Natural birth in decline as 1 in 5 has Caesarean
Celebrity mothers and middle-class women lead the rising trend towards intervention in the delivery room, maternity study suggests
The largest study of childbirth ever undertaken in Britain has shown that normal delivery is in decline as increasing numbers of women go under the knife.
The study of 158,000 births last year, a quarter of the total, has found that 21.5 per cent, more than one in five, were delivered by Caesarean section. The highest rate was 56 per cent in an unnamed private maternity hospital.
The proportion of babies born naturally – requiring no intervention such as a Caesarean or forceps – has slipped to 67.3 per cent, down 10 per cent compared with a decade ago and at its lowest level for more than 25 years.
The study, by the Royal College of Obstetricians and Gynaecologists, in association with the royal colleges of midwives and anaesthetists and the National Childbirth Trust, is the most comprehensive carried out, involving all maternity units in England, Wales and Northern Ireland.
It showed for the first time that just over half of consultant obstetricians were themselves worried that the Caesarean rate in their own unit was too high. Nationally, the rate stood at nine per cent in 1980 and has been rising at one per cent a year for a decade. It is now well above the World Health Organisation's recommended level of 10-15 per cent.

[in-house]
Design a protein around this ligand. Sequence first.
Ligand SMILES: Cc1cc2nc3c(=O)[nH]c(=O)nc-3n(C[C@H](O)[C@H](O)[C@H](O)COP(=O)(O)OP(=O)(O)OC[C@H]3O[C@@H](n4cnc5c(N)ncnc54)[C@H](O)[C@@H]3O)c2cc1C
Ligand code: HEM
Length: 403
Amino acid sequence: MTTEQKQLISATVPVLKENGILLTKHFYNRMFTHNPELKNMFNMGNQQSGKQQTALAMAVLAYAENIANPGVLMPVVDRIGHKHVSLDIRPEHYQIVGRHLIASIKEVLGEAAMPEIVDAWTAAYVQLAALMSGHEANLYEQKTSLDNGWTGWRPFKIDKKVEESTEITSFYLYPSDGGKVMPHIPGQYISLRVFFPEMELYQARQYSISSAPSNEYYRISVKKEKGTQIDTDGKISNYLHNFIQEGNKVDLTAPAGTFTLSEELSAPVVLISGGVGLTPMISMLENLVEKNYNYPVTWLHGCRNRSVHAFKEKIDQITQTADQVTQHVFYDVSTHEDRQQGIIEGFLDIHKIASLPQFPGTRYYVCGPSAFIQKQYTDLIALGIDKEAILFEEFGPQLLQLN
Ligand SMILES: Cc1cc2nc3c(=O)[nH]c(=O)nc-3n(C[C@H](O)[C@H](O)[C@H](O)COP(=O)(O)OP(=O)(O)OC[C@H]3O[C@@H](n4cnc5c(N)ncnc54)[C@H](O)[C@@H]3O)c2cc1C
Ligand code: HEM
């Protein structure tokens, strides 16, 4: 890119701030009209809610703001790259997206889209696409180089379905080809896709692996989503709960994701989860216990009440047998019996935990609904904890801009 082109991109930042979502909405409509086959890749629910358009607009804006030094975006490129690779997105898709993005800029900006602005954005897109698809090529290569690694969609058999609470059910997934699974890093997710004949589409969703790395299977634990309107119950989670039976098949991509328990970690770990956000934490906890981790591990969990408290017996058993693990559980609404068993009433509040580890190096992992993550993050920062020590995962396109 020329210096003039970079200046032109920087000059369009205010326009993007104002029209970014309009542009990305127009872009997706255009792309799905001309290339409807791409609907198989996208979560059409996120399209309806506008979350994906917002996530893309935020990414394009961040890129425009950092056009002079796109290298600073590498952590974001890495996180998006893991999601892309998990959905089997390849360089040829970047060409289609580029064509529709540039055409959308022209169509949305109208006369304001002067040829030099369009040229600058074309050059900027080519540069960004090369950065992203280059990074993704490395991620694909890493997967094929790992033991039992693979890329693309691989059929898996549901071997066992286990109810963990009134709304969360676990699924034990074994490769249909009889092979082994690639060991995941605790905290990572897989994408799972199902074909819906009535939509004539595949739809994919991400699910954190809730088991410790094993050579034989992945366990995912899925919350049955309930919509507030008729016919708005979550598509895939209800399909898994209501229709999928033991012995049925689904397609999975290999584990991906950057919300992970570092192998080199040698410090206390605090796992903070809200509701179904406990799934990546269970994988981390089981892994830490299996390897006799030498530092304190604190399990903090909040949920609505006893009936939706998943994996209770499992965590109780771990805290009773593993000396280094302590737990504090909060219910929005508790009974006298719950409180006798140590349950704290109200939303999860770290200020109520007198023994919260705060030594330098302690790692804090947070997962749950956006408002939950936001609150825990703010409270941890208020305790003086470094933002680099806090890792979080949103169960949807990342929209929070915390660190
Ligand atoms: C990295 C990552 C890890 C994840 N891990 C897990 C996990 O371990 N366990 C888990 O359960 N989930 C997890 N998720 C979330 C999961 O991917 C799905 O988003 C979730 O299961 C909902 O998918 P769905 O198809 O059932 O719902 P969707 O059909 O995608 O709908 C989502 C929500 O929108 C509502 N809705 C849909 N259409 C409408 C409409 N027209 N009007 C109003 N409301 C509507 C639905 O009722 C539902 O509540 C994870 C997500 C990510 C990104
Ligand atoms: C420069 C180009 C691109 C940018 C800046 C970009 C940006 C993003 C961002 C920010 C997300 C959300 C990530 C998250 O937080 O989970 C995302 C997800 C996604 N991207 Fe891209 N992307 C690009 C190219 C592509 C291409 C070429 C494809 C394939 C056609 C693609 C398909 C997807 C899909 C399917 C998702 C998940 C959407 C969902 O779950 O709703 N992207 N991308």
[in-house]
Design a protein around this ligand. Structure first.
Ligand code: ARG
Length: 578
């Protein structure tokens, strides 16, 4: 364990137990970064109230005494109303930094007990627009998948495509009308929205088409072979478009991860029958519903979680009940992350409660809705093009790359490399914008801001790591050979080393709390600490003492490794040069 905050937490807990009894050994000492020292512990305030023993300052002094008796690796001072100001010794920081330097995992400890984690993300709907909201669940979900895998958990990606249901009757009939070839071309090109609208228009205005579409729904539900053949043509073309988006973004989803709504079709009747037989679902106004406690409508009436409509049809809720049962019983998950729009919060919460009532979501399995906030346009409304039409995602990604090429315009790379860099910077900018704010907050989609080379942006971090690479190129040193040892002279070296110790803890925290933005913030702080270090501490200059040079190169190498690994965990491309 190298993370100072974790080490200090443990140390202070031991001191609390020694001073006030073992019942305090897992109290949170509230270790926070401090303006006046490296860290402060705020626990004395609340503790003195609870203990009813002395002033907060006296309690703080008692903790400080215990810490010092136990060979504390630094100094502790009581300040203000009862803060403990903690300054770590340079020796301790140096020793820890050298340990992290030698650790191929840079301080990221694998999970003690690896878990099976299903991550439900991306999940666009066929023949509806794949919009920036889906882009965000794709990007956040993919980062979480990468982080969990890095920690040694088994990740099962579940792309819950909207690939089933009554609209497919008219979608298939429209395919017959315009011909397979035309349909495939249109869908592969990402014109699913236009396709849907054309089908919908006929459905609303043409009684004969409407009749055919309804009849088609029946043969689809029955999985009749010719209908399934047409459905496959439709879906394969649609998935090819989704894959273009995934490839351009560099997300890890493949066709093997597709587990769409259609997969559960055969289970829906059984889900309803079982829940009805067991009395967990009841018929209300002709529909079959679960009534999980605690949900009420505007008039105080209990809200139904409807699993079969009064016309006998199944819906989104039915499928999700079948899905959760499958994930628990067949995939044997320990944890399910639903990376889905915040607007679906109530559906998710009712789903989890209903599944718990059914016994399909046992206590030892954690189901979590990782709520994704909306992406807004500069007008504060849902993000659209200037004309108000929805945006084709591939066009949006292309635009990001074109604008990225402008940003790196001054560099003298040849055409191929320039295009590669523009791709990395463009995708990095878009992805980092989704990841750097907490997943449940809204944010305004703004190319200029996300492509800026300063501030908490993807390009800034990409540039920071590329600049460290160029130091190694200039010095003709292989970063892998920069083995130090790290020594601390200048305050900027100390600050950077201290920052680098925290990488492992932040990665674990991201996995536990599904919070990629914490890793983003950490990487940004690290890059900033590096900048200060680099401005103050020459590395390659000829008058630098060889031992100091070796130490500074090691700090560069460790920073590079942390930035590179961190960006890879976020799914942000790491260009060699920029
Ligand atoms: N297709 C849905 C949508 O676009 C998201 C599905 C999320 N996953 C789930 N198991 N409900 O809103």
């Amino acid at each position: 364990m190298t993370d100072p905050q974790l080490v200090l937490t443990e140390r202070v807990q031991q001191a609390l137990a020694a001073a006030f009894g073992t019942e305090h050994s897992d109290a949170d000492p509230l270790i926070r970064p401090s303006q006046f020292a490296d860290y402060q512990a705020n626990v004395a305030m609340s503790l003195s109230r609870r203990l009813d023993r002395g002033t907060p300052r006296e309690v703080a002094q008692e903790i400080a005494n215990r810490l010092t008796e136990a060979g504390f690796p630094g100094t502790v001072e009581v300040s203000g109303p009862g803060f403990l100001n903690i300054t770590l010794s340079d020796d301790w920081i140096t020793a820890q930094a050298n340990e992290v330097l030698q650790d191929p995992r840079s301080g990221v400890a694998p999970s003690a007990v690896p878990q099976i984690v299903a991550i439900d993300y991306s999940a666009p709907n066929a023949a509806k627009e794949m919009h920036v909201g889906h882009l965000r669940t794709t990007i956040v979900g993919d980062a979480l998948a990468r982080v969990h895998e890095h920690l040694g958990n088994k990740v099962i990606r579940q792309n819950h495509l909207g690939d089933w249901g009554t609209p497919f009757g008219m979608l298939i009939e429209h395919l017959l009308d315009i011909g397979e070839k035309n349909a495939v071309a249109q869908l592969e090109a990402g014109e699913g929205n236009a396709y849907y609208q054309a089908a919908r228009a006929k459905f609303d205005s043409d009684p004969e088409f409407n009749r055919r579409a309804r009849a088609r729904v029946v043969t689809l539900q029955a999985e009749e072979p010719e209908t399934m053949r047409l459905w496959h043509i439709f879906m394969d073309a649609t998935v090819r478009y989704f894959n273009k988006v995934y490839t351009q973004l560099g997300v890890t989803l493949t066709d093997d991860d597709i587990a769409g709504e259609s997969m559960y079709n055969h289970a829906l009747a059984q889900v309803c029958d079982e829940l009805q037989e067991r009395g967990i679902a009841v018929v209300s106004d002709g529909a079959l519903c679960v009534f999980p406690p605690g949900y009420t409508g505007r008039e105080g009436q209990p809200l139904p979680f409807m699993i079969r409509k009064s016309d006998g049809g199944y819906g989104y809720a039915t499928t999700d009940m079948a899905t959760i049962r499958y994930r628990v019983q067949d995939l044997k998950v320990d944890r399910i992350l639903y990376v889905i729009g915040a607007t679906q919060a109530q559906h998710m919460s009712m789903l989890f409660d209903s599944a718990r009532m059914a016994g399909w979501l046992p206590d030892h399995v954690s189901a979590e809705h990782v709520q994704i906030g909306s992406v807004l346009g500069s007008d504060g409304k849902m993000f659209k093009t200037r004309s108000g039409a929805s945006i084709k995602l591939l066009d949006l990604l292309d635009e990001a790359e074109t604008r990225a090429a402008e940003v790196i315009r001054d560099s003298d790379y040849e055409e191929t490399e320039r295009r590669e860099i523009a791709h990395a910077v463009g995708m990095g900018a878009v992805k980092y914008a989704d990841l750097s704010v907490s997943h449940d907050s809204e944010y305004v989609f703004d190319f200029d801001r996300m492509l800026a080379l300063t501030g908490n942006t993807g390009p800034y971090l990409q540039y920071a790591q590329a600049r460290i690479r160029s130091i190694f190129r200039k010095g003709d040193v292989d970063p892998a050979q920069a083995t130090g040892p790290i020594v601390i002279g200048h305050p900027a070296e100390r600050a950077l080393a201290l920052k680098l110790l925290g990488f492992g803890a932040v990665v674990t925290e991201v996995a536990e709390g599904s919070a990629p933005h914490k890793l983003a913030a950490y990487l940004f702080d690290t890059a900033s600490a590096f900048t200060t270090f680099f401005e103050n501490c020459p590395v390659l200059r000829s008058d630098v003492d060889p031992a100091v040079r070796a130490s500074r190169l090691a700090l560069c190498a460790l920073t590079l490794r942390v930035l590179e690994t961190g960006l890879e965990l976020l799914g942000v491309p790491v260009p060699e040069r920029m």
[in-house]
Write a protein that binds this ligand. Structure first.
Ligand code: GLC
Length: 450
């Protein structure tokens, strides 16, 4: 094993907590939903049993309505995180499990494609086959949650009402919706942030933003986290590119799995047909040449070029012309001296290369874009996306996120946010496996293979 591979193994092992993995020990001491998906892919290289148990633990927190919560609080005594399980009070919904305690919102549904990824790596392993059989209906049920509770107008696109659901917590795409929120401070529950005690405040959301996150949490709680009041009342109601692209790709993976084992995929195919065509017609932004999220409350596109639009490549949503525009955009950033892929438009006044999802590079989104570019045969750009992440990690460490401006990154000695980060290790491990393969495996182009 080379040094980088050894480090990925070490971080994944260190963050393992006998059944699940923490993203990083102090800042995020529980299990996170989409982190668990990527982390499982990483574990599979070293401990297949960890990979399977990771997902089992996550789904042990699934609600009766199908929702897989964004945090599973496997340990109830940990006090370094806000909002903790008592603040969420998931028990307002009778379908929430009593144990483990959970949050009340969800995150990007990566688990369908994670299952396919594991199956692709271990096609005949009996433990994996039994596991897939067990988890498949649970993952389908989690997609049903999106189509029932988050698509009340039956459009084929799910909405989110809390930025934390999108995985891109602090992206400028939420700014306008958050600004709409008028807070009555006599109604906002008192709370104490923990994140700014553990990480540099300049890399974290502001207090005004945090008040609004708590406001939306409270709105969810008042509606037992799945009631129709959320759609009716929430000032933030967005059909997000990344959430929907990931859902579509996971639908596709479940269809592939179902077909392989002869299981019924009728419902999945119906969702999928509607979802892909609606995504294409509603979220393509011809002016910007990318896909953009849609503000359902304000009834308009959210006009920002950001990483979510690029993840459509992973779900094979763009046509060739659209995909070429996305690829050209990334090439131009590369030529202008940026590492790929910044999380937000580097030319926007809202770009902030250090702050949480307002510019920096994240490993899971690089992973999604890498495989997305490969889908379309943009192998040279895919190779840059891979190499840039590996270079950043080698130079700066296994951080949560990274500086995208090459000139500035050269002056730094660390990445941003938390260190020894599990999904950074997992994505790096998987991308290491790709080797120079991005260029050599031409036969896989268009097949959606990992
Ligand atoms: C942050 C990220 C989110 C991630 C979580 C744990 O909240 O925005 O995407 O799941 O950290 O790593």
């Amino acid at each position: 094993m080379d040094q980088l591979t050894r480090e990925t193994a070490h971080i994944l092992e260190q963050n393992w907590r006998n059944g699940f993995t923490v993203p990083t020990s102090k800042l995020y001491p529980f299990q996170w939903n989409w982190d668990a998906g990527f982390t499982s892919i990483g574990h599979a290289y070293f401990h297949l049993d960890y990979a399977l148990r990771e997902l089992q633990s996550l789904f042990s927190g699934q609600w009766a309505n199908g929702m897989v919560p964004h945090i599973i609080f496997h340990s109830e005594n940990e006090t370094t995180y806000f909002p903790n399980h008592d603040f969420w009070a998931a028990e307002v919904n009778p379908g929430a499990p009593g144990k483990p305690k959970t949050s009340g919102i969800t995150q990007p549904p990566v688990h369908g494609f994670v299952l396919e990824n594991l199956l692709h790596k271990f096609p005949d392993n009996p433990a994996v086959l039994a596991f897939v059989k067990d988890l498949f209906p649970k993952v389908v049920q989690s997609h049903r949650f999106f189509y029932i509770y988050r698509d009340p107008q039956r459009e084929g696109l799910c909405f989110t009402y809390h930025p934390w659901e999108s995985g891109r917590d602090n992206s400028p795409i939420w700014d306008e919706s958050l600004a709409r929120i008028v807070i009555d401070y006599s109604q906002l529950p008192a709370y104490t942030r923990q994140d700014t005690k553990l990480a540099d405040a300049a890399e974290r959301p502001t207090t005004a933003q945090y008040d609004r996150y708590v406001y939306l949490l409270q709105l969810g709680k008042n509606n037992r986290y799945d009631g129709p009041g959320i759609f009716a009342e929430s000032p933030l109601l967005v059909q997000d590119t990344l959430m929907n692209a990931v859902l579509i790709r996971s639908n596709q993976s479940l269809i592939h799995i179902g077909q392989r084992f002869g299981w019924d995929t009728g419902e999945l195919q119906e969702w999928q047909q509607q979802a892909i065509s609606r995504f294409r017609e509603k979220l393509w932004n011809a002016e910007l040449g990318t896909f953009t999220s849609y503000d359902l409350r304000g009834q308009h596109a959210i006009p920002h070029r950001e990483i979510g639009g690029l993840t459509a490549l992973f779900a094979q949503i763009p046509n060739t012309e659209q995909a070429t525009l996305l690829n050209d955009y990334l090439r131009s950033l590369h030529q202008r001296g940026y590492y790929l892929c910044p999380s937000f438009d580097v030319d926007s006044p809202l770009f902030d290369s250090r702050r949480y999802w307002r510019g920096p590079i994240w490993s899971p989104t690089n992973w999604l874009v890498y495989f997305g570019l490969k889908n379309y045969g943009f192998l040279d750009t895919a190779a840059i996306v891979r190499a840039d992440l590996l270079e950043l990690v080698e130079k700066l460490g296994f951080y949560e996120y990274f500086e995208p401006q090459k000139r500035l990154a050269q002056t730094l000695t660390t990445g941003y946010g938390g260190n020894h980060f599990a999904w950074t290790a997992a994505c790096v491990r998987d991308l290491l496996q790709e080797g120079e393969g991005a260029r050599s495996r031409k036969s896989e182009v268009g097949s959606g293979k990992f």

One factor behind the rising trend is thought to be that middle-class women dubbed "too posh to push" are demanding Caesareans, in the belief that they are safer, and obstetricians are becoming less resistant.
Celebrities including former Spice Girl Victoria Beckham, actress Patsy Kensit and presenter Zoë Ball have fuelled the trend. The survey found that seven per cent of all Caesareans were in response to a request from the mother and were carried out for no medical reason.
The rise is accelerating because women who have had one Caesarean are more likely to deliver the same way the next time. Fear of litigation has also been suggested but researchers said there was no evidence that it was a reason for the rise.
Jane Thomas, chief author of the survey, said: "The threshold [for performing a Caesarean] may well have moved as mothers get better at asking for what they want and clinicians become less worried about it."
Most consultants (78 per cent) felt that a planned Caesarean was not the safest option for the mother although half (51 per cent) felt it was safest for the baby.
The Caesarean rate was higher in London and Wales (24.2 per cent) and lower in the North-east (19.3 per cent). The highest rate was in the Channel Islands and the Isle of Man (24.8 per cent).
Professor Bill Dunlop, president of the RCOG, said: "The audit shows marked variations in rates across the country and that obstetricians are rightly concerned that the Caesarean rate in the UK may be too high. We need to make sure that when Caesareans are carried out they are done in appropriate circumstances."
Guidelines for maternity units based on the findings will be drawn up by the National Institute for Clinical Effectiveness (NICE), Jacqui Smith, a health minister, said. "Women should be free to make choices during their pregnancy," she said.